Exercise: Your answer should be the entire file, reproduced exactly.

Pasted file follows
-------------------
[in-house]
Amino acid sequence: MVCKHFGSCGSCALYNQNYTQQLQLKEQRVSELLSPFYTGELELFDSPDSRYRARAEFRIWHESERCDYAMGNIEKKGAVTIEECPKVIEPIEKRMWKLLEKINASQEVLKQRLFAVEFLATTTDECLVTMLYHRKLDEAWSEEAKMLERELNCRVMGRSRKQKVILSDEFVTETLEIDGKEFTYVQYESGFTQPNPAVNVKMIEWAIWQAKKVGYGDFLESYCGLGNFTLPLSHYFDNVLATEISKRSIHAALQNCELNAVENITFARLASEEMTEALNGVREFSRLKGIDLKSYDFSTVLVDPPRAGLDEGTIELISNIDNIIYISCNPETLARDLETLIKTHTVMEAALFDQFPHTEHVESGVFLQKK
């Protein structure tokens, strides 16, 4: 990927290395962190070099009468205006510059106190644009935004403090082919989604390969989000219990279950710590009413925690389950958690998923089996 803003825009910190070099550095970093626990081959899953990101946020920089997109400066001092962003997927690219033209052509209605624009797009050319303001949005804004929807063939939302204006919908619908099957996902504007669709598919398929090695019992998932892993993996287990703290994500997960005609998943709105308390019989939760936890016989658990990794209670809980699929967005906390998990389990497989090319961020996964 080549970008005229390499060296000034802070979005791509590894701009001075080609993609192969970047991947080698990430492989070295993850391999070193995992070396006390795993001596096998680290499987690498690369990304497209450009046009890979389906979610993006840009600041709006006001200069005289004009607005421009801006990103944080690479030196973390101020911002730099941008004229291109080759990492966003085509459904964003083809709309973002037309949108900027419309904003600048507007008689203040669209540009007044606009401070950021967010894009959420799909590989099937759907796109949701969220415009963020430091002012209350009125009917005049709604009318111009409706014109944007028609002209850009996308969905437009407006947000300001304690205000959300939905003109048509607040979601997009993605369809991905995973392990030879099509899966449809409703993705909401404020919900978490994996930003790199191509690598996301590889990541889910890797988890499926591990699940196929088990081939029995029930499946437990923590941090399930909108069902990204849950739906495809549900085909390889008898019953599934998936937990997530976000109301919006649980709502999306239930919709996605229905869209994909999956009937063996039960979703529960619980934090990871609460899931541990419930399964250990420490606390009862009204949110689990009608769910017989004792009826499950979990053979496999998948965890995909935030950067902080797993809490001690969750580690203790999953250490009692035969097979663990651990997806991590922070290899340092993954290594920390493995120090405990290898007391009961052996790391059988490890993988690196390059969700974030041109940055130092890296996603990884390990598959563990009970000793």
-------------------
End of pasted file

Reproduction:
[in-house]
Amino acid sequence: MVCKHFGSCGSCALYNQNYTQQLQLKEQRVSELLSPFYTGELELFDSPDSRYRARAEFRIWHESERCDYAMGNIEKKGAVTIEECPKVIEPIEKRMWKLLEKINASQEVLKQRLFAVEFLATTTDECLVTMLYHRKLDEAWSEEAKMLERELNCRVMGRSRKQKVILSDEFVTETLEIDGKEFTYVQYESGFTQPNPAVNVKMIEWAIWQAKKVGYGDFLESYCGLGNFTLPLSHYFDNVLATEISKRSIHAALQNCELNAVENITFARLASEEMTEALNGVREFSRLKGIDLKSYDFSTVLVDPPRAGLDEGTIELISNIDNIIYISCNPETLARDLETLIKTHTVMEAALFDQFPHTEHVESGVFLQKK
């Protein structure tokens, strides 16, 4: 990927290395962190070099009468205006510059106190644009935004403090082919989604390969989000219990279950710590009413925690389950958690998923089996 803003825009910190070099550095970093626990081959899953990101946020920089997109400066001092962003997927690219033209052509209605624009797009050319303001949005804004929807063939939302204006919908619908099957996902504007669709598919398929090695019992998932892993993996287990703290994500997960005609998943709105308390019989939760936890016989658990990794209670809980699929967005906390998990389990497989090319961020996964 080549970008005229390499060296000034802070979005791509590894701009001075080609993609192969970047991947080698990430492989070295993850391999070193995992070396006390795993001596096998680290499987690498690369990304497209450009046009890979389906979610993006840009600041709006006001200069005289004009607005421009801006990103944080690479030196973390101020911002730099941008004229291109080759990492966003085509459904964003083809709309973002037309949108900027419309904003600048507007008689203040669209540009007044606009401070950021967010894009959420799909590989099937759907796109949701969220415009963020430091002012209350009125009917005049709604009318111009409706014109944007028609002209850009996308969905437009407006947000300001304690205000959300939905003109048509607040979601997009993605369809991905995973392990030879099509899966449809409703993705909401404020919900978490994996930003790199191509690598996301590889990541889910890797988890499926591990699940196929088990081939029995029930499946437990923590941090399930909108069902990204849950739906495809549900085909390889008898019953599934998936937990997530976000109301919006649980709502999306239930919709996605229905869209994909999956009937063996039960979703529960619980934090990871609460899931541990419930399964250990420490606390009862009204949110689990009608769910017989004792009826499950979990053979496999998948965890995909935030950067902080797993809490001690969750580690203790999953250490009692035969097979663990651990997806991590922070290899340092993954290594920390493995120090405990290898007391009961052996790391059988490890993988690196390059969700974030041109940055130092890296996603990884390990598959563990009970000793």